If it weren’t for labels like Drag City, an obscure folkie such as Gary Higgins would likely be a blip on the radar—a blurb in the Acid Archives and perhaps a song or two on a Numero compilation. Instead Higgins’ largely lost debut, 1973’s Red Hash, is part of a pedigree of tragic folk records that transcend to a level of influence and head obsession. When Drag City “found” Red Hash in 1995, it became part of the curriculum, and as a result, Higgins came out of his hermitage. Of the 36 years it took to make his sophomore album, Seconds, the story is vague, and despite some anecdotes of late nights and love, it’s impossible to assess if that life was completely normal or fraught with past skeletons.
Interpreting Seconds is beside the point. It’s a record that could be viewed from the perspective of another chance, or better yet, just another helping of Red Hash. The first track, “Demons,” lends some insight. Over a delicate weave of acoustic threads, Higgins reminiscences about how a companion “drank all of the sparkling red wine and snorted your coke line by line” with a voice pastoral, the aging uncle in the guise of Robert Wyatt. The song even includes a harpsichord solo, further perpetuating the link to intricate British folkways. This is 2009 and it would be unfair to expect Higgins to keep to one setting, there are modern shakes at full-band arrangements that don’t quite adhere to what you might expect from a lost stranger’s prolonged comeback. “Mr. Blew” and “Don’t Wanna Lose” are perfectly replaceable, but those are hiccups once his subtle triumphs take hold.
For starters, “Little Squirrel,” despite a literal tale of said mammal, it’s eerily intriguing. Two songs in and Higgins starts lying on the new age organs and dungeon prose, a lumbering but consuming four minutes of dirge akin to the tortured darkness of Scott Walker. When Seconds succeeds, there’s a unique balance between orchestral derangement and a mysteriously minimal calm. Even at the most traditional apex of the band (which includes players from Red Hash and Higgins’ son Graham), the pastoral breeze of “Ten-Speed,” there are hushed organs, winsome pianos and thoughtful guitar interplay encasing the tune. The epic “5 A.M. Trilogy” incorporates all of these touchstones, floating them around a lengthy freak-folk centerpiece, the absolute proof that Higgins has not lost his weird-streak, especially when it comes to playing.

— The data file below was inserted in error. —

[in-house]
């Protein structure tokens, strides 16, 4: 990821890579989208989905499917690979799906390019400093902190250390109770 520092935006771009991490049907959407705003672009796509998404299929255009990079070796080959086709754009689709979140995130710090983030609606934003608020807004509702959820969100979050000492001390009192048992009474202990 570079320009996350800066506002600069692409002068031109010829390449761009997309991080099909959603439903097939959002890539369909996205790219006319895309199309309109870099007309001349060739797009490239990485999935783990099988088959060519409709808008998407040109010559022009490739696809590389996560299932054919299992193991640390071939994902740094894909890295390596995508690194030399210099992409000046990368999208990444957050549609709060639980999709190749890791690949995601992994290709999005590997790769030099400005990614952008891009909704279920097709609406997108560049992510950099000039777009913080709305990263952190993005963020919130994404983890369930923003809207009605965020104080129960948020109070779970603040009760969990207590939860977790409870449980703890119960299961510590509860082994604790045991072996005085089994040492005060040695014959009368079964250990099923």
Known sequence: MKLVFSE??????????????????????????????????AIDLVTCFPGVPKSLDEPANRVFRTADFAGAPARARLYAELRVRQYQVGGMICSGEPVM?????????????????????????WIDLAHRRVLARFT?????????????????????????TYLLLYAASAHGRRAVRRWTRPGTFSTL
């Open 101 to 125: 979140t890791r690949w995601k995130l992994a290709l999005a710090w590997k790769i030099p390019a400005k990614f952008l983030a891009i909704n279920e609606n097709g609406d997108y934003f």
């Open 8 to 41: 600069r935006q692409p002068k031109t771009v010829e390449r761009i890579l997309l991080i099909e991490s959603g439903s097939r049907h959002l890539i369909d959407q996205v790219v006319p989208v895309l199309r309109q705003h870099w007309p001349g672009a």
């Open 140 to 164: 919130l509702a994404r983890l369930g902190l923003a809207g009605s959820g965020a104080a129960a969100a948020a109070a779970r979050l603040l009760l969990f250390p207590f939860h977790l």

It might take some adjusting, but simply realizing the epoch that separates this album and Red Hash is enough to sit in quiet awe for a majority of Seconds. Nowhere does Seconds make mention of place or time, giving it the same anonymous quality of Higgins’ first record. If it were not for the crystal clear production and the re-emergence of Higgins from the shadows, it could very likely have come from 1974. Hard to tell if it’s a blessing or a curse for these artists to be brought into the spotlight for their buried moments of genius. But then again, would Seconds even exist?
Kevin J. Elliott